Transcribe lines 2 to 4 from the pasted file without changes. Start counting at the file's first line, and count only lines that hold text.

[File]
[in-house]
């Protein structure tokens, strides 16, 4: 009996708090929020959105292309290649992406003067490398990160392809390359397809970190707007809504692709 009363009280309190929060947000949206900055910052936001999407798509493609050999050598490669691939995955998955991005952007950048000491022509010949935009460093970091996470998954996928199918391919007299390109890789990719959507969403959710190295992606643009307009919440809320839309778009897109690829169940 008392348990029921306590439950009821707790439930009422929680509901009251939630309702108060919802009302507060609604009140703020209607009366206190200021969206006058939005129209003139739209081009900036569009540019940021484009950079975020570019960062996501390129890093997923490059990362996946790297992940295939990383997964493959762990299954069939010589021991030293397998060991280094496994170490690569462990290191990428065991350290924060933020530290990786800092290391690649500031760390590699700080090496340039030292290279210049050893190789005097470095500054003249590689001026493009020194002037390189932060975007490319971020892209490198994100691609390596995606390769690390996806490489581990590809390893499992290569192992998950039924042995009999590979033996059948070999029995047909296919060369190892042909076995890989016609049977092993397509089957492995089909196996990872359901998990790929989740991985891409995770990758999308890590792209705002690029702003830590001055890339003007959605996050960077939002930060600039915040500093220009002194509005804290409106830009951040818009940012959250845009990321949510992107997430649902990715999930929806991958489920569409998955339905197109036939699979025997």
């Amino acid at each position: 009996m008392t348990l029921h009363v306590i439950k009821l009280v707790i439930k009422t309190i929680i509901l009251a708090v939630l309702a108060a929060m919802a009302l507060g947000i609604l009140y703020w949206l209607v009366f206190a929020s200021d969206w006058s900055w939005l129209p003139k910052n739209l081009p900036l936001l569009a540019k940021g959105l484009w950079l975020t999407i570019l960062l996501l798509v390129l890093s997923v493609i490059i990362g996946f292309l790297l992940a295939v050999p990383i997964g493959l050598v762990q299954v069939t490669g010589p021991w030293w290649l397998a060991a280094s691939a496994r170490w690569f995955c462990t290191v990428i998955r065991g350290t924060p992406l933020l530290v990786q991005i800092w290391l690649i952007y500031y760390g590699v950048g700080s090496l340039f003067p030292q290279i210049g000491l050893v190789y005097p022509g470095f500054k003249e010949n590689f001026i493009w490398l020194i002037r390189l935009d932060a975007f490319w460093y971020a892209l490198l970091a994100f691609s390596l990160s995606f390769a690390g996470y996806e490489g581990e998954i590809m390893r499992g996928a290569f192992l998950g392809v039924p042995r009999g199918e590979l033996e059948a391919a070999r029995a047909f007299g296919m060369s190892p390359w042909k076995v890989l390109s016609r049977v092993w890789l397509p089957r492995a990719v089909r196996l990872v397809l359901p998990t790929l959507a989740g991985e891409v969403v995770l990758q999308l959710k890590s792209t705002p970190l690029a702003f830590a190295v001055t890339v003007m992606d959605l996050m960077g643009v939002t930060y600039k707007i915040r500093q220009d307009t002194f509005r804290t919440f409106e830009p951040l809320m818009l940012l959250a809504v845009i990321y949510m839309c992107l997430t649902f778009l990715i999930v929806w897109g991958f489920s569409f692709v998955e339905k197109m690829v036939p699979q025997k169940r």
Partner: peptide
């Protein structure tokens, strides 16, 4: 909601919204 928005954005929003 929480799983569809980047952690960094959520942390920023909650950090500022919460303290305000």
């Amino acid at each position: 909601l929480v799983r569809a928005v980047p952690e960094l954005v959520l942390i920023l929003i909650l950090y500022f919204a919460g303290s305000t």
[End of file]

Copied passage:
């Protein structure tokens, strides 16, 4: 009996708090929020959105292309290649992406003067490398990160392809390359397809970190707007809504692709 009363009280309190929060947000949206900055910052936001999407798509493609050999050598490669691939995955998955991005952007950048000491022509010949935009460093970091996470998954996928199918391919007299390109890789990719959507969403959710190295992606643009307009919440809320839309778009897109690829169940 008392348990029921306590439950009821707790439930009422929680509901009251939630309702108060919802009302507060609604009140703020209607009366206190200021969206006058939005129209003139739209081009900036569009540019940021484009950079975020570019960062996501390129890093997923490059990362996946790297992940295939990383997964493959762990299954069939010589021991030293397998060991280094496994170490690569462990290191990428065991350290924060933020530290990786800092290391690649500031760390590699700080090496340039030292290279210049050893190789005097470095500054003249590689001026493009020194002037390189932060975007490319971020892209490198994100691609390596995606390769690390996806490489581990590809390893499992290569192992998950039924042995009999590979033996059948070999029995047909296919060369190892042909076995890989016609049977092993397509089957492995089909196996990872359901998990790929989740991985891409995770990758999308890590792209705002690029702003830590001055890339003007959605996050960077939002930060600039915040500093220009002194509005804290409106830009951040818009940012959250845009990321949510992107997430649902990715999930929806991958489920569409998955339905197109036939699979025997």
């Amino acid at each position: 009996m008392t348990l029921h009363v306590i439950k009821l009280v707790i439930k009422t309190i929680i509901l009251a708090v939630l309702a108060a929060m919802a009302l507060g947000i609604l009140y703020w949206l209607v009366f206190a929020s200021d969206w006058s900055w939005l129209p003139k910052n739209l081009p900036l936001l569009a540019k940021g959105l484009w950079l975020t999407i570019l960062l996501l798509v390129l890093s997923v493609i490059i990362g996946f292309l790297l992940a295939v050999p990383i997964g493959l050598v762990q299954v069939t490669g010589p021991w030293w290649l397998a060991a280094s691939a496994r170490w690569f995955c462990t290191v990428i998955r065991g350290t924060p992406l933020l530290v990786q991005i800092w290391l690649i952007y500031y760390g590699v950048g700080s090496l340039f003067p030292q290279i210049g000491l050893v190789y005097p022509g470095f500054k003249e010949n590689f001026i493009w490398l020194i002037r390189l935009d932060a975007f490319w460093y971020a892209l490198l970091a994100f691609s390596l990160s995606f390769a690390g996470y996806e490489g581990e998954i590809m390893r499992g996928a290569f192992l998950g392809v039924p042995r009999g199918e590979l033996e059948a391919a070999r029995a047909f007299g296919m060369s190892p390359w042909k076995v890989l390109s016609r049977v092993w890789l397509p089957r492995a990719v089909r196996l990872v397809l359901p998990t790929l959507a989740g991985e891409v969403v995770l990758q999308l959710k890590s792209t705002p970190l690029a702003f830590a190295v001055t890339v003007m992606d959605l996050m960077g643009v939002t930060y600039k707007i915040r500093q220009d307009t002194f509005r804290t919440f409106e830009p951040l809320m818009l940012l959250a809504v845009i990321y949510m839309c992107l997430t649902f778009l990715i999930v929806w897109g991958f489920s569409f692709v998955e339905k197109m690829v036939p699979q025997k169940r």
Partner: peptide